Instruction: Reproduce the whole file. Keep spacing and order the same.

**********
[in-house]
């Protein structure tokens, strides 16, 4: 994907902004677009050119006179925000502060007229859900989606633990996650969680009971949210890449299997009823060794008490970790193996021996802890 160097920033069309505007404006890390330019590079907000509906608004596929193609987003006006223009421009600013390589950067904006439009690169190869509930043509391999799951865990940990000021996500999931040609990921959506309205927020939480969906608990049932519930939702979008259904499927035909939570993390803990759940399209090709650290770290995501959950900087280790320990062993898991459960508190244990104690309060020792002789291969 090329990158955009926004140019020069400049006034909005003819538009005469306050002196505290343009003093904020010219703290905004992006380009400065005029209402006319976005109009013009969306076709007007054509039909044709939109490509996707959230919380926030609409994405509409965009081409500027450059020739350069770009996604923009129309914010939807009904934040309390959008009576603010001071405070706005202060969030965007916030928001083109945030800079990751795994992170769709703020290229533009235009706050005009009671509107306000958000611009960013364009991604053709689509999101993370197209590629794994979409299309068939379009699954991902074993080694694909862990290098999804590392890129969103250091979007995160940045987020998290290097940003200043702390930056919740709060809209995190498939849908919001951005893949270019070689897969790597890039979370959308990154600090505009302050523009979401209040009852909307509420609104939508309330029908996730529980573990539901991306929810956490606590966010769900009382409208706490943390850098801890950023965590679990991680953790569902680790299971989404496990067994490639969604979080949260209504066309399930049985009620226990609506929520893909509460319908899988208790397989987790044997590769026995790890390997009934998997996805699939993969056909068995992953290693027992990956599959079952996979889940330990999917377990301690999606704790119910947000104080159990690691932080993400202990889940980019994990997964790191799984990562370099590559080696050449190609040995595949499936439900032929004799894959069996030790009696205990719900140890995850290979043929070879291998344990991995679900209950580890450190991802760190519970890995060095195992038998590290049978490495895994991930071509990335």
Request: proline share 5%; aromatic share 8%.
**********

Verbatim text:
[in-house]
């Protein structure tokens, strides 16, 4: 994907902004677009050119006179925000502060007229859900989606633990996650969680009971949210890449299997009823060794008490970790193996021996802890 160097920033069309505007404006890390330019590079907000509906608004596929193609987003006006223009421009600013390589950067904006439009690169190869509930043509391999799951865990940990000021996500999931040609990921959506309205927020939480969906608990049932519930939702979008259904499927035909939570993390803990759940399209090709650290770290995501959950900087280790320990062993898991459960508190244990104690309060020792002789291969 090329990158955009926004140019020069400049006034909005003819538009005469306050002196505290343009003093904020010219703290905004992006380009400065005029209402006319976005109009013009969306076709007007054509039909044709939109490509996707959230919380926030609409994405509409965009081409500027450059020739350069770009996604923009129309914010939807009904934040309390959008009576603010001071405070706005202060969030965007916030928001083109945030800079990751795994992170769709703020290229533009235009706050005009009671509107306000958000611009960013364009991604053709689509999101993370197209590629794994979409299309068939379009699954991902074993080694694909862990290098999804590392890129969103250091979007995160940045987020998290290097940003200043702390930056919740709060809209995190498939849908919001951005893949270019070689897969790597890039979370959308990154600090505009302050523009979401209040009852909307509420609104939508309330029908996730529980573990539901991306929810956490606590966010769900009382409208706490943390850098801890950023965590679990991680953790569902680790299971989404496990067994490639969604979080949260209504066309399930049985009620226990609506929520893909509460319908899988208790397989987790044997590769026995790890390997009934998997996805699939993969056909068995992953290693027992990956599959079952996979889940330990999917377990301690999606704790119910947000104080159990690691932080993400202990889940980019994990997964790191799984990562370099590559080696050449190609040995595949499936439900032929004799894959069996030790009696205990719900140890995850290979043929070879291998344990991995679900209950580890450190991802760190519970890995060095195992038998590290049978490495895994991930071509990335």
Request: proline share 5%; aromatic share 8%.